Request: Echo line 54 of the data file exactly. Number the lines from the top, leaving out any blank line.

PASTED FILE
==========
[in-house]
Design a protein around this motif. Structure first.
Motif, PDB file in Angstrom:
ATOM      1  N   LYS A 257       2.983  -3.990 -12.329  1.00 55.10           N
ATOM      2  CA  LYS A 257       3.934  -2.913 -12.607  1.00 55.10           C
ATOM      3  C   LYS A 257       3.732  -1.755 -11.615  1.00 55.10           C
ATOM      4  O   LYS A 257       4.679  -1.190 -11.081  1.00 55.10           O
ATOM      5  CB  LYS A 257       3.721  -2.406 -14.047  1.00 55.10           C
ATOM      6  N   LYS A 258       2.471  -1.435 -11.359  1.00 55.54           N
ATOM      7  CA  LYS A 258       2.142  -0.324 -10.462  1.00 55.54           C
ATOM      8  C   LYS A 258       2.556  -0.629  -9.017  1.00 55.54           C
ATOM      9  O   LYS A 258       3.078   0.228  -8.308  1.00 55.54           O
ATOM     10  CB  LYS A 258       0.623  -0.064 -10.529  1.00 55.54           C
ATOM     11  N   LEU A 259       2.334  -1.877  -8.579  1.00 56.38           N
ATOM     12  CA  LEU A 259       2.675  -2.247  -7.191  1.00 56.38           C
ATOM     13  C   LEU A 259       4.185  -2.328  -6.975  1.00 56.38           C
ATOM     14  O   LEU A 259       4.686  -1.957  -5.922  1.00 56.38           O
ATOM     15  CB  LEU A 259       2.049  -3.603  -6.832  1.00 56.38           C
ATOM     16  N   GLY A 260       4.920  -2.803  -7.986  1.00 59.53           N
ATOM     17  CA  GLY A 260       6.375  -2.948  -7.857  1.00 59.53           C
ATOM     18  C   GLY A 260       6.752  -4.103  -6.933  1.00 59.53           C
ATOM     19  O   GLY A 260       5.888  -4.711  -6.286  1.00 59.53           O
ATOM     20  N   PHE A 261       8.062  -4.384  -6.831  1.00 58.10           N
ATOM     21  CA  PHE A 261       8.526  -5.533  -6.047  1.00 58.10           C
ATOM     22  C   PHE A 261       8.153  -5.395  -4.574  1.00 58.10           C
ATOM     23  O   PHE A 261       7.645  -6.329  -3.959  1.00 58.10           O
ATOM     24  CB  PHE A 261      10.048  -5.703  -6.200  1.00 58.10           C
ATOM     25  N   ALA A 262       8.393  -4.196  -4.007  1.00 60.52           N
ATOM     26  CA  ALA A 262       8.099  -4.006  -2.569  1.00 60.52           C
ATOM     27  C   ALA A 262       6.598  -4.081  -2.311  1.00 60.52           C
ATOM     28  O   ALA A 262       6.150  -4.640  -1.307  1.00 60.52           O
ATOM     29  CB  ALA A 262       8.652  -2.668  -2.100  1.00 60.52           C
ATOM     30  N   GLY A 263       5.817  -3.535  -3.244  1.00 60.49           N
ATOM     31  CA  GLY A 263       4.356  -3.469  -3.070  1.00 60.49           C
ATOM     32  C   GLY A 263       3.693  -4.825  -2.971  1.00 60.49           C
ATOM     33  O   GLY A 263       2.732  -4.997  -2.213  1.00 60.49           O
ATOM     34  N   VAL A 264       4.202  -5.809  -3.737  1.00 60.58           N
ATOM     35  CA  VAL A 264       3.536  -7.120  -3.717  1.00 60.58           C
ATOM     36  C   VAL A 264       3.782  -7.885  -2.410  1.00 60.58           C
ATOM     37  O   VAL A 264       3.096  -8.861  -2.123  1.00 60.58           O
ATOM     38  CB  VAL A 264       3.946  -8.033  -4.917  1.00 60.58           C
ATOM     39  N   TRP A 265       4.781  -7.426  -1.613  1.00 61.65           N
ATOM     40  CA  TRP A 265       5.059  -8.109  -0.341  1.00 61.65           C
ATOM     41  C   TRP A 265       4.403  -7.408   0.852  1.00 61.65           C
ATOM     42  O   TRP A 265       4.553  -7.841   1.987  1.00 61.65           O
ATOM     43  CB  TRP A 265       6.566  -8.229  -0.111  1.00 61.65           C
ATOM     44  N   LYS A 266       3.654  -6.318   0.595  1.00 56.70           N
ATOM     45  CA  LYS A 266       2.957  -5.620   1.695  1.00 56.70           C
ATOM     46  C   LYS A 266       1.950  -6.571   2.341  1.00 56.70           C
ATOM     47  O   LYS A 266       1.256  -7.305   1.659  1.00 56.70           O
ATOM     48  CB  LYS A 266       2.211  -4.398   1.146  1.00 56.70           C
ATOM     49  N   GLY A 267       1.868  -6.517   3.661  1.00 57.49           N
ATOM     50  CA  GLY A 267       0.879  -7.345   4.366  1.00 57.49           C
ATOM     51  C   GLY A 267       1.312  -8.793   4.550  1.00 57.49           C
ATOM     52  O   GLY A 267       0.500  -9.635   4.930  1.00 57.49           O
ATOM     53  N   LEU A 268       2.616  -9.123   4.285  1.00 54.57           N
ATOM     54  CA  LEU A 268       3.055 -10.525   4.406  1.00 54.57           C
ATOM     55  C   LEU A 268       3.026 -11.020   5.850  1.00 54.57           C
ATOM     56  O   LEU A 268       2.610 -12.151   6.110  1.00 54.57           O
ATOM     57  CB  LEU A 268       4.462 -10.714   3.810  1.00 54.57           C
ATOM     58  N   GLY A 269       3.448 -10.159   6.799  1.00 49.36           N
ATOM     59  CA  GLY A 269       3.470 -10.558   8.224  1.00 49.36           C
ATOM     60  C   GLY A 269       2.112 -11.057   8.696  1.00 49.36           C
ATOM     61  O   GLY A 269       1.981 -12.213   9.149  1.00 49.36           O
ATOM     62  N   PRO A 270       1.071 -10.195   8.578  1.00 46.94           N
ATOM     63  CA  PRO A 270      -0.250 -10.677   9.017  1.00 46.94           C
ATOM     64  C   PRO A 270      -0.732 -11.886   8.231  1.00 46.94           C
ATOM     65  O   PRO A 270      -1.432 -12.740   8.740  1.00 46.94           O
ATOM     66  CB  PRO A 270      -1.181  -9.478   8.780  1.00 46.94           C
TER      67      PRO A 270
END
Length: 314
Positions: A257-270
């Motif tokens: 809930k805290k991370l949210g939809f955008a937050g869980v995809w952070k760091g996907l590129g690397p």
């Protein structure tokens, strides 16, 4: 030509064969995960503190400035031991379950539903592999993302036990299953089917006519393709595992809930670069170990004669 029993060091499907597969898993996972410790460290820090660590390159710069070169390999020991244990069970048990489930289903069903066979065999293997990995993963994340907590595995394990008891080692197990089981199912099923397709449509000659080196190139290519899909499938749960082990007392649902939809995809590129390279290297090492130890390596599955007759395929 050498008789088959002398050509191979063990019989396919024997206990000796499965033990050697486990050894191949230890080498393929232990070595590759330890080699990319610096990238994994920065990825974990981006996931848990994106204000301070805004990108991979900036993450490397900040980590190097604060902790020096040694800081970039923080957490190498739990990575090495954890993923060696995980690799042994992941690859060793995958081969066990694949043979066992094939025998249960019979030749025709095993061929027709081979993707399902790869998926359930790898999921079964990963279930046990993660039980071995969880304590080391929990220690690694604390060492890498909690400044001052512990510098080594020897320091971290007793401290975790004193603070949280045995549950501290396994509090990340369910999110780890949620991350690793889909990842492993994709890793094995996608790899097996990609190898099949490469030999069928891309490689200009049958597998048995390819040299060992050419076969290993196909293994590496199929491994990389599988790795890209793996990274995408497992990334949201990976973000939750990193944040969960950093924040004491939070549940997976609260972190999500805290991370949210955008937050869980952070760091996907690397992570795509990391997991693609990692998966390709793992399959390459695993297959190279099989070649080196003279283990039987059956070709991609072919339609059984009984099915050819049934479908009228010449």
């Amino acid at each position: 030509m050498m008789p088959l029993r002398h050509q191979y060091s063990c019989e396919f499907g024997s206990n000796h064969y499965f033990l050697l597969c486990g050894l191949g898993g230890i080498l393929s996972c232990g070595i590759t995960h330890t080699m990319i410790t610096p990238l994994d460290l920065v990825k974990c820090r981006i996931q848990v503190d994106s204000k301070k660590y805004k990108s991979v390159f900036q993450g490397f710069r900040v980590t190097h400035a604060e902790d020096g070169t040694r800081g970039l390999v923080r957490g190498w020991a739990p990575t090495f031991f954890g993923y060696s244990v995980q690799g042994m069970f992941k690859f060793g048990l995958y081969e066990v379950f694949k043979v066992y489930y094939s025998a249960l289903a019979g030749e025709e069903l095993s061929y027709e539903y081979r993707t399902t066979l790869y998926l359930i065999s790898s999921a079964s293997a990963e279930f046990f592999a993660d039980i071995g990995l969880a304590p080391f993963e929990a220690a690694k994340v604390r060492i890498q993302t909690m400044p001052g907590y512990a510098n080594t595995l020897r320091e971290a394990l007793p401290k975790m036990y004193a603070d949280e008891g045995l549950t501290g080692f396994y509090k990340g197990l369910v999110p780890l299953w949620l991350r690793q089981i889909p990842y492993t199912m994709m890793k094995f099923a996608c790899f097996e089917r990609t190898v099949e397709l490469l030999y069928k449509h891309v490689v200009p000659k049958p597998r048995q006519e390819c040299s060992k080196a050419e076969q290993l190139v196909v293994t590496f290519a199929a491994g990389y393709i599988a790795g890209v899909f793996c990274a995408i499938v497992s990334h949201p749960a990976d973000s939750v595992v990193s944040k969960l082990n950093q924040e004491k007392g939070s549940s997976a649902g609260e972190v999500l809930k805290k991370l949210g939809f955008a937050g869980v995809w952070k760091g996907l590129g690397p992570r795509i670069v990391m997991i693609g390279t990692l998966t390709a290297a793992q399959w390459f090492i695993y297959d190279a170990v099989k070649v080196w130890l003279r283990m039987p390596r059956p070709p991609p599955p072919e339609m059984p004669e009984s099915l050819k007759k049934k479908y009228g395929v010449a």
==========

ATOM     51  C   GLY A 267       1.312  -8.793   4.550  1.00 57.49           C